In addition to complying with the usual conditions of licence approval, applicants will be required to fulfil a number of other steps to satisfy the Regulator. These other steps include, but are not limited to, the carrying out of a safety risk assessment with respect to persons actively involved in performing planned space activities.

Another important expectation upon applicants is to consider and account for the safety of the general public (see section 9(4) in particular). The Regulator must be satisfied that an applicant has taken all reasonable steps necessary to ensure the risk to public health, safety and property is as low as possible, or otherwise proportionate and acceptable.

It should be noted that If the Operator Licence is being obtained in relation to the launch of a spacecraft, applicants are also expected to undertake an assessment of the effects the activity may have on the environment. If the need for an ‘assessment of environmental effects’ arises, the Regulator is required to explain to the applicant what they need to assess; how it needs to be assessed; and the timeframe in which it needs to be assessed. If you suspect your activity may require an ‘assessment of environmental effects’, it is recommended you review the relevant legislative provisions.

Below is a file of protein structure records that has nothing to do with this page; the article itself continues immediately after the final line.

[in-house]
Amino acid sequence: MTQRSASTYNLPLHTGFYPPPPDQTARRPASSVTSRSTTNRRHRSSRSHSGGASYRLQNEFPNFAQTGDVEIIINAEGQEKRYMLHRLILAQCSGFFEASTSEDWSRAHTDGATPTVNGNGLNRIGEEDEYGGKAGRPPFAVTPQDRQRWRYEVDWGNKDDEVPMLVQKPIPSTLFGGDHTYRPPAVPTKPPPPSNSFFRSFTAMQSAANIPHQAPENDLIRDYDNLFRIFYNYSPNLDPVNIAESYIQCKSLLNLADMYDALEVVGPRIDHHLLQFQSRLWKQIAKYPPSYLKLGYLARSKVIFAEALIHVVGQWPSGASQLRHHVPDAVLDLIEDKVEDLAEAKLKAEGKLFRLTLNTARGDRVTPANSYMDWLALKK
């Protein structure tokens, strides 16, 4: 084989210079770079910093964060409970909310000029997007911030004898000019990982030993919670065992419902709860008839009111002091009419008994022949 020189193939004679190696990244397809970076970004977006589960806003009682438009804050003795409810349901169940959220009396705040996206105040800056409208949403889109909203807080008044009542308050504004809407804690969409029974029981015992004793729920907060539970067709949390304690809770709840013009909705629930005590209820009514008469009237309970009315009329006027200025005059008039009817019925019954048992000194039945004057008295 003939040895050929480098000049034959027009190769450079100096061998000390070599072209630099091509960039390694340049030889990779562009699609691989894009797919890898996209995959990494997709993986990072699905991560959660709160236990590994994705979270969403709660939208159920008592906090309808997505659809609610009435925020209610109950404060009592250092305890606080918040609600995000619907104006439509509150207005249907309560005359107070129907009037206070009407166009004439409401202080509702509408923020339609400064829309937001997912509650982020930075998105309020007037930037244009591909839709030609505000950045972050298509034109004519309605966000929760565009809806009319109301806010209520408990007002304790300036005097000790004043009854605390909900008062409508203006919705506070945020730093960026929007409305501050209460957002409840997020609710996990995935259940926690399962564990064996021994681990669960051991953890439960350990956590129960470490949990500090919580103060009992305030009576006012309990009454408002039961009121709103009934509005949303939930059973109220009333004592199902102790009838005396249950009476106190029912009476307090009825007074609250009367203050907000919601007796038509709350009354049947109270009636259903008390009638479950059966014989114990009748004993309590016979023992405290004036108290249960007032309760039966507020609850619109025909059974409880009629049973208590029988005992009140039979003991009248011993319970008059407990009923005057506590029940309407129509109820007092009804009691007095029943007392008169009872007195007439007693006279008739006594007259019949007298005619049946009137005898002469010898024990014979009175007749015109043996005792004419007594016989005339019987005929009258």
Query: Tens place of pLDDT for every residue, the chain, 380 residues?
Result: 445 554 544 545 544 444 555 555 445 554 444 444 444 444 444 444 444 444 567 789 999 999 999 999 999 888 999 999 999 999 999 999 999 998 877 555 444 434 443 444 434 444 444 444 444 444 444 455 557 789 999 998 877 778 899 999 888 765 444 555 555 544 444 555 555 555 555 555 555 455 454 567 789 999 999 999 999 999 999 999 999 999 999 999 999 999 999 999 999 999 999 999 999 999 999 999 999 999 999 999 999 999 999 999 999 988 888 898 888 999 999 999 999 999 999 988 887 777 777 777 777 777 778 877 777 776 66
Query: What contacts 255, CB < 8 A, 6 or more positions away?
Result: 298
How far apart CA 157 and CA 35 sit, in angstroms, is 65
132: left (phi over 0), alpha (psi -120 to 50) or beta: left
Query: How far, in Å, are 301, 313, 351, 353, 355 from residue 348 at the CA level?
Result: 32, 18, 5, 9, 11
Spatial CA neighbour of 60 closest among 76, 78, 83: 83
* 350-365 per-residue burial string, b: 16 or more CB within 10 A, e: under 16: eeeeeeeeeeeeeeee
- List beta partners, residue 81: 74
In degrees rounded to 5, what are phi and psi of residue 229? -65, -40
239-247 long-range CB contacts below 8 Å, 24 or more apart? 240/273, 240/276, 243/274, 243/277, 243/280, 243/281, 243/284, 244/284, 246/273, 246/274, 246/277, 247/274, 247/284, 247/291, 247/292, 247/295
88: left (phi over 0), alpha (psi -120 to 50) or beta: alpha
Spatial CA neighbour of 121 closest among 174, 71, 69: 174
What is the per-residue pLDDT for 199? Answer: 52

Obtaining a Spaceport Licence is necessary if you are planning to operate a launch facility in British territory. You will also need a Spaceport Licence if you are planning to allow another authorised operator to conduct their own launch activities from your facility. The licence applies to both horizontal and vertical launch activities.

In addition to complying with the usual conditions of licence approval, applicants seeking to obtain a a Spaceport Licence will have to demonstrate to the Regulator, amongst other things, that they have taken all reasonable steps necessary to ensure any risk to public health, safety and property is as low as possible. The Regulator retains the option to impose further and additional requirements or criteria needing fulfilment before a Spaceport Licence is issued.

Applicants for Spaceport Licences are also expected, in addition to their other obligations, to undertake an assessment of how launch activities from their proposed facility will impact on the environment. If the need for an ‘assessment of environmental effects’ arises, the Regulator is required to explain to the applicant what they need to assess; how it needs to be assessed; and the timeframe in which it needs to be assessed. If you suspect your activity may require an ‘assessment of environmental effects’, it is recommended you review the relevant legislative provisions.

Obtaining a Range Control Licence is necessary if you are planning to provide range control services in British territory. If you are planning to base range control operations relating to your own spacecraft in the United Kingdom, you may need to consider obtaining a Range Control Licence.

Range Control Licences have a wide application, and allow licensees to delegate range control functions to their employees — or even to external agents — providing they are functions the licensee is itself authorised to perform under the licence.